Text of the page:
Carol I or Charles I was the ruler of Romania from 1866 to 1914. He was elected Ruling Prince (Domnitor) of the Romanian United Principalities on 20 April 1866 after the overthrow of Alexandru Ioan Cuza by a palace coup d'état. In May 1877 he proclaimed Romania an independent and sovereign nation.
Charles I was born in Sigmaringen in southern Germany, April 20,1839. The future monarch of Rumania was a prince of the southern and Catholic branch of the Hohenzollern family. A cousin to the king of Prussia, he was related as well to Emperor Napoleon III.
In 1866, at the age of twenty-seven, Carol was invited to become prince of the Danubian Principalities, Wallachia and Moldavia. With war between Prussia and Austria about to erupt, he was forced to travel down the Danube to his new home in disguise. This inauspicious start notwithstanding, Carol reigned for forty-eight years, one of the most firmly entrenched monarchs in the Balkans. At first a prince under nominal Turkish sovereignty, in 1881 he became king of the fully independent state of Rumania comprising Wallachia, Moldavia, and the newly acquired Dobrudja.
Carol's years on the throne were marked by his acceptance of Rumania's agrarian order with its domination by a few large landowners. His less conciliatory predecessor had been deposed over this very issue. Foreign policy posed more of a problem for Carol. A pro-German monarch in a Francophile country, he nearly fell from power when Prussia and France went to war in 1870. He survived to fight with distinction in the Balkan War of 1877-1878, in which Rumania stood as Russia's ally against Turkey and received its independence. Russian annexation of Bessarabia at the close of the war was widely viewed by Rumanians as a betrayal. It made it possible for Carol, aided by Premier Ion Bratianu the elder, to conclude a treaty of alliance with Germany and Austria in 1883. This secret pact was known only to the king and a small number of political leaders. Nonetheless, it served as the keystone of Rumanian foreign policy through the Balkan Wars of 1912-1913.
Carol's bent toward the Central Powers began to run counter to such public opinion as existed in his country with its majority of poor, illiterate peasants. Austrian support for Bulgarian territorial claims against Rumania antagonized Carol's politically aware subjects in 1913. An even more bitter point of dispute was the mistreatment of the Rumanian population of Transylvania, a part of the Austro-Hungarian Empire under Magyar administration.
With the July crisis of 1914, Carol was placed in an untenable position. For the remaining months of his life, he tried to cope with the rising tide of interventionist fervor on the side of the Entente. On July 28 the old king warned Austria that the Transylvanian issue made it impossible for Rumania to stand beside the Central Powers. Personal appeals from the monarchs of Germany and Austria to join the war led Carol to present such a course of action to a crown council at Sinaia on August 3.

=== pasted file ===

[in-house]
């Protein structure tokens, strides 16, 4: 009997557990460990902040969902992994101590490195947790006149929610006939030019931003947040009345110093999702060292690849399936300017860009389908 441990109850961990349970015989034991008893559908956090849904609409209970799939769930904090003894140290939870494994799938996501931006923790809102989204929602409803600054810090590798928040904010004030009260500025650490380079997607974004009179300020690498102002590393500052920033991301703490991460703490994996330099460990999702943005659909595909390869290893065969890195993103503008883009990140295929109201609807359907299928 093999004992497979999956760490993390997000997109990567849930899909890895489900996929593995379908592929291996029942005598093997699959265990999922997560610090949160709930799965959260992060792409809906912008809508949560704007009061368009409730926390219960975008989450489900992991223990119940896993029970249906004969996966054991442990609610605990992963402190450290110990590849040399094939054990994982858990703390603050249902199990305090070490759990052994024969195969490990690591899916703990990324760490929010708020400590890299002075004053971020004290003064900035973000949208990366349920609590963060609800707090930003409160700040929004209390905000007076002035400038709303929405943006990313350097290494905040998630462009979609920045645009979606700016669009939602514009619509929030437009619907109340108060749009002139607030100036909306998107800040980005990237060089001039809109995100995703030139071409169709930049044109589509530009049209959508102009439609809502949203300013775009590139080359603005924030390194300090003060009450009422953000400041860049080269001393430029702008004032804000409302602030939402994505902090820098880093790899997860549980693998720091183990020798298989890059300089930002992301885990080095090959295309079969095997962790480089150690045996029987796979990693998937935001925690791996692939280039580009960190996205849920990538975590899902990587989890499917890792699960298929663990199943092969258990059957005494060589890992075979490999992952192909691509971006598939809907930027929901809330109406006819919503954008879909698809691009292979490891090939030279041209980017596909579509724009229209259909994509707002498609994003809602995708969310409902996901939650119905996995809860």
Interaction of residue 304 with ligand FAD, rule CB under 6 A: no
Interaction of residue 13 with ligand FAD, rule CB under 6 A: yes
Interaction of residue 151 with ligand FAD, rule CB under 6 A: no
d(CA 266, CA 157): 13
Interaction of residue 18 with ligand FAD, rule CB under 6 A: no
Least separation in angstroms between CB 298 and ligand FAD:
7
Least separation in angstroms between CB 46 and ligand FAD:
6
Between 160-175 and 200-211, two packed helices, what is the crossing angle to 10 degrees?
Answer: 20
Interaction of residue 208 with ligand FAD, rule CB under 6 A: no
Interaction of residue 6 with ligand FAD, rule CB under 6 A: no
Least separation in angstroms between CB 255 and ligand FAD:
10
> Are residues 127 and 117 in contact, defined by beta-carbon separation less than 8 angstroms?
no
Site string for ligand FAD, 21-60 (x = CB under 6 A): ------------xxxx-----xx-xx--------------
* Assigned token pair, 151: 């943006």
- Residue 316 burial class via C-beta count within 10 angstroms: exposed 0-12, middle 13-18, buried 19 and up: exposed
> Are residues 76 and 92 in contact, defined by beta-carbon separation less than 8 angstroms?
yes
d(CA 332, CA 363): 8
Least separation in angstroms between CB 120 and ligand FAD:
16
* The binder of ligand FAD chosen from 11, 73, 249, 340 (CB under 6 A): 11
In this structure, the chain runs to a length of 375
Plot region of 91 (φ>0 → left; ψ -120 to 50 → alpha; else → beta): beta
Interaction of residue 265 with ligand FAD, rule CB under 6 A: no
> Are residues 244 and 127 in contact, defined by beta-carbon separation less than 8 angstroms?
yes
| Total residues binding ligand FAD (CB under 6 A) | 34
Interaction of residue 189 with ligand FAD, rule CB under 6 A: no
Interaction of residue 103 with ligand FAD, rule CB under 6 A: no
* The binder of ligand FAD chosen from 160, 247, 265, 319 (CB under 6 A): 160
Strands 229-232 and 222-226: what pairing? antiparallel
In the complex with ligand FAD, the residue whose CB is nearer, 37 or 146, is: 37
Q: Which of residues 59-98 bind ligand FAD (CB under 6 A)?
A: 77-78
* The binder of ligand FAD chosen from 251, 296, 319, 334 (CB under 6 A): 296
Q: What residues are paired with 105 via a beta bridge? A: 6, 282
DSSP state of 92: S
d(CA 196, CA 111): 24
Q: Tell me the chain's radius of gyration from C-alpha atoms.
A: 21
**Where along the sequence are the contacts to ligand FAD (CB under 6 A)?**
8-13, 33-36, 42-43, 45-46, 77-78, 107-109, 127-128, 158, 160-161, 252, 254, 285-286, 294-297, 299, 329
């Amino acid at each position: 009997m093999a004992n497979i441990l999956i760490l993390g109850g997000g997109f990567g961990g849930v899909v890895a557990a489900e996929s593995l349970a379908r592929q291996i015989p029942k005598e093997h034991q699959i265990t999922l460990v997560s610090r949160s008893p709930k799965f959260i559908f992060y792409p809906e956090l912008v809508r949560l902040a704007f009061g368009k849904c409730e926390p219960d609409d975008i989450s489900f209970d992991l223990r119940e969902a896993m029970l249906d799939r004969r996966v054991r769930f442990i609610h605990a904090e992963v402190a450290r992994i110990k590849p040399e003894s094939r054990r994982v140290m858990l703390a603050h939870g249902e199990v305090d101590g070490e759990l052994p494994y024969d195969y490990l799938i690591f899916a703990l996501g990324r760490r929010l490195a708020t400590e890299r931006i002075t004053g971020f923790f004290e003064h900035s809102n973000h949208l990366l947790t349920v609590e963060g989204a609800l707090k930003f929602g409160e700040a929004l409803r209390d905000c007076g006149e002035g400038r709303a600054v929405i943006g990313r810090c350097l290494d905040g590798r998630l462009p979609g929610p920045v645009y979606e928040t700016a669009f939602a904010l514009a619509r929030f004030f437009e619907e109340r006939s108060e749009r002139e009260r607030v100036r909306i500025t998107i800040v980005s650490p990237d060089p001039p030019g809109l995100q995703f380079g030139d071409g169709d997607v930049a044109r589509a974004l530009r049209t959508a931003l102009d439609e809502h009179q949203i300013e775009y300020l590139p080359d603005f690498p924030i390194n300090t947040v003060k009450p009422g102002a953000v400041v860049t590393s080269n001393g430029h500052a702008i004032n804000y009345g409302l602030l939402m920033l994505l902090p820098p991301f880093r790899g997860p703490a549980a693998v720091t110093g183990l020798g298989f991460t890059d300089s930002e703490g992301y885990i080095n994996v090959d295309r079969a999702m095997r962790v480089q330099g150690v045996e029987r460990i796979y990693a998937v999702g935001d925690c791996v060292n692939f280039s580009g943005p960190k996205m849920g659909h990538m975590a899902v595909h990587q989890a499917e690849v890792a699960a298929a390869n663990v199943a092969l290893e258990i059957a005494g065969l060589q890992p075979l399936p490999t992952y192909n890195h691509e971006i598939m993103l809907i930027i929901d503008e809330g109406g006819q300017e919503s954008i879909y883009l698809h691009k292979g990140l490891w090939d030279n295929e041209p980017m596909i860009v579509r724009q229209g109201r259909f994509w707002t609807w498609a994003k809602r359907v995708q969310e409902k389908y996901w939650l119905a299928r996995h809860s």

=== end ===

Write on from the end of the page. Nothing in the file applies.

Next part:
The assembled political leaders and elder statesmen rejected the idea out of hand, possibly to Carol's secret relief. With an active policy in favor of the Central Powers ruled out, Carol now had to contend with groups calling for Rumania to join the Entente. Russian military successes over Austria (specifically, the Galician victories of late August and early September) encouraged Rumanian irredentists to call for the invasion of Transylvania. "For rent" signs appeared on the palace walls in Bucharest, as pro-Entente demonstrators directed their hostilities at the king.
Carol's actions in September often smacked of desperation, and he spoke of abdicating.
He informed the Central Powers he might have to sanction a "preventitive occupation" of Transylvanian territory and asked Germany to obtain Austrian promises to cooperate. The Austrians refused. Some of the king's actions came close to treason. For example, he asked the Germans to stir up the Bulgarians to threaten— and thus to restrain—the Rumanian population. Moreover, he requested Berlin to send German troops to guard Transylvania and so forestall a Rumanian invasion.
As Carol's influence waned, that of Premier Ion Bratianu, son of Carol's old ally, increased. Bratianu favored intervention, but only at an opportune time later in the war. During the final crucial weeks of September, the pro-Entente premier and the pro-German monarch threw their combined weight against intervention.
Carol was in the last weeks of his life, and he died on October 10. Torrey speculates that if he had left the scene a few weeks earlier, irredentist circles might have been strong enough to overcome Bratianu and bring Rumania into the war. Conversely, with Carol out of the way, replaced by the more pliable Ferdinand I, Bratianu could dominate events, bringing Rumania into the conflict at a time of his choosing. The crown could be expected to go passively along.